Modern offices can be terrible places to work. In the wake of Covid-19 and the new ‘normal’ of social distancing, employers are leaning further toward larger, open plan office space. 

At work and home, when a hearing loss or background noise is present, our brain needs to work harder to separate the two and determine what we should be paying attention to. Straining to concentrate or tune in at work contributes to poor mental health and listening fatigue1. Why make your work day harder than it needs to be?

To ensure effective communication, connection and productivity, it is important that we make the necessary adjustments to ensure our workplace is Hearing-Healthy. 

So how can you make your office hearing healthy?

Bring back the old-school, carpeted desk dividers!

While we don’t advocate for their fuzzy texture or aesthetic appeal, desk and room dividers go a long way in helping us focus and hear better at work. The fuzzier and softer this divider is, the more sound it will absorb. Great for masking the sound of a snack-wrapper, keyboard or a particularly loud co-worker.

Wear a headset

Besides being almost-essential for accessing your keyboard and coffee during long calls, an over-ear headset puts the sound of your call directly into your ears. When this happens, sounds are clearer and easier to hear as they are not broken down by the noise around you. Add in our Audeara A-01’s wirefree, bluetooth connectivity and a hearing profile tailored just for your ears and you have the perfect conference call! 

Use collaborative tools

In meetings or presentations, use pictures, graphs and numbers to help make your point. Request your colleagues do the same. If you discuss an action,  follow up with an email or task assignment. Any big meetings or important conversations should always have minutes recorded and actions written down.

Shot-gun the best seat in the house

While all your colleagues might be vying for the best standing desk or wheeled chair, fight them off and position yourself against a wall, in a corner and away from distractions including bathrooms, the kitchen, open windows or a particularly talkative co-worker. If you can’t do this, orient yourself so your back is to the worst of the noise.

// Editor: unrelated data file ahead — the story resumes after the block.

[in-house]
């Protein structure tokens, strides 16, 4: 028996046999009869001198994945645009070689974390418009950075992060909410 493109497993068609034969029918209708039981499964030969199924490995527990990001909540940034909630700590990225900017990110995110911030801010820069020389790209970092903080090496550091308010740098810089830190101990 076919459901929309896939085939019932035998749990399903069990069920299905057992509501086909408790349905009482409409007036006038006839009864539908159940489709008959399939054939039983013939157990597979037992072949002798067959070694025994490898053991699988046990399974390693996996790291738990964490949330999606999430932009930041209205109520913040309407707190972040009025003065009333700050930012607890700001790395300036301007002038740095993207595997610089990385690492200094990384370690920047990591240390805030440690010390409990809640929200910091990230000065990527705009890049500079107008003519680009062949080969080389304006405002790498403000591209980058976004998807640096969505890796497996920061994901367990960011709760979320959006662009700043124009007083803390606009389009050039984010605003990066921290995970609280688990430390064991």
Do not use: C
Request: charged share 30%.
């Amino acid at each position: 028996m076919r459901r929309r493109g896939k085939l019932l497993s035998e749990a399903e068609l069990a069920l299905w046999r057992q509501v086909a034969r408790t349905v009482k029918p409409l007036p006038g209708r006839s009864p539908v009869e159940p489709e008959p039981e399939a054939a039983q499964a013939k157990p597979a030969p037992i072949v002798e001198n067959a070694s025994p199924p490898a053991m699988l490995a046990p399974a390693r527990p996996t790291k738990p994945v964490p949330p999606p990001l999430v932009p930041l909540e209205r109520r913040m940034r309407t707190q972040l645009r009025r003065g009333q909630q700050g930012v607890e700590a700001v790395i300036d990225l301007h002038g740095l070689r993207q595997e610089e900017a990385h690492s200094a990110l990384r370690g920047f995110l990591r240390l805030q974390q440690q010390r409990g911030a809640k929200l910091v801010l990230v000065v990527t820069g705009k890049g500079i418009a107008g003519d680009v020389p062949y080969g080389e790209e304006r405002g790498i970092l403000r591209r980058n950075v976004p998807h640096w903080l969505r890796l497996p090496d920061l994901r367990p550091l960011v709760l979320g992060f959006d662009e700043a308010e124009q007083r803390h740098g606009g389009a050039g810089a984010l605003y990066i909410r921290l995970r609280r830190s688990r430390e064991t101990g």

Have a no-phone-no-calls rule on the floor

While this might not work for everyone or every workplace, suggesting that long or loud phone calls be taken in a private room or outside, can go a long way toward keeping the peace (literally and figuratively) in the office. 

Utilise closed captioning during video chats and team meetings

These are now available through most teams and meeting applications, just look for the ‘CC’ icon on your screen. 

Practice your pause (speech)

Everyone can benefit from clear and concise speech, particularly any colleagues or family members that might have a known or undiagnosed hearing loss. Think about what you are saying and try to slow it down. If someone asks you to repeat yourself, try and rephrase what you said rather than repeating the same words.

Practice your pause (brain!)

Take a walk around the block or sit in a quiet space away from noise and distraction at least once a day. This helps your brain to reboot and will also work to limit the effect of listening fatigue in the middle of a big day.  

When all else fails and no amount of rearrange will remove the background buzz, try some noise cancelling headphones

Audeara’s over-ear design and active noise cancelling will work with you to drown out your office-noise. Play your favourite tunes or a podcast and get to work!

Want to get your hands on a set of Audeara headphones? Shop now!

1 https://www.healthyhearing.com/report/52807-Hearing-loss-and-listening-fatigue